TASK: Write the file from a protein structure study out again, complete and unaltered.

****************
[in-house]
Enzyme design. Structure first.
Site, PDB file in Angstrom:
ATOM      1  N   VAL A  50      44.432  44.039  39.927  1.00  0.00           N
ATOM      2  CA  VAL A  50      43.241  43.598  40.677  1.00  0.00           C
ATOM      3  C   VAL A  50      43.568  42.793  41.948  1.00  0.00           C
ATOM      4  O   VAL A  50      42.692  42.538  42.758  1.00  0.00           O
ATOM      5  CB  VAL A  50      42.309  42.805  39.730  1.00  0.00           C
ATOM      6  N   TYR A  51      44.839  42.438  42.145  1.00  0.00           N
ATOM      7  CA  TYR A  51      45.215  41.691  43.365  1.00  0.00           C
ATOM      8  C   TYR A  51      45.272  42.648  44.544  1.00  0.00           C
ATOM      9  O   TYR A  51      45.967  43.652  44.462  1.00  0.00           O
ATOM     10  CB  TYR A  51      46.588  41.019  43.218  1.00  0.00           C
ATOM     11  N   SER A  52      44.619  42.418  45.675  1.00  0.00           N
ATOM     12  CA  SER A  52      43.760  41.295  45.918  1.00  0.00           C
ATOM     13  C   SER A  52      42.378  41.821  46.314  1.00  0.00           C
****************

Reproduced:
[in-house]
Enzyme design. Structure first.
Site, PDB file in Angstrom:
ATOM      1  N   VAL A  50      44.432  44.039  39.927  1.00  0.00           N
ATOM      2  CA  VAL A  50      43.241  43.598  40.677  1.00  0.00           C
ATOM      3  C   VAL A  50      43.568  42.793  41.948  1.00  0.00           C
ATOM      4  O   VAL A  50      42.692  42.538  42.758  1.00  0.00           O
ATOM      5  CB  VAL A  50      42.309  42.805  39.730  1.00  0.00           C
ATOM      6  N   TYR A  51      44.839  42.438  42.145  1.00  0.00           N
ATOM      7  CA  TYR A  51      45.215  41.691  43.365  1.00  0.00           C
ATOM      8  C   TYR A  51      45.272  42.648  44.544  1.00  0.00           C
ATOM      9  O   TYR A  51      45.967  43.652  44.462  1.00  0.00           O
ATOM     10  CB  TYR A  51      46.588  41.019  43.218  1.00  0.00           C
ATOM     11  N   SER A  52      44.619  42.418  45.675  1.00  0.00           N
ATOM     12  CA  SER A  52      43.760  41.295  45.918  1.00  0.00           C
ATOM     13  C   SER A  52      42.378  41.821  46.314  1.00  0.00           C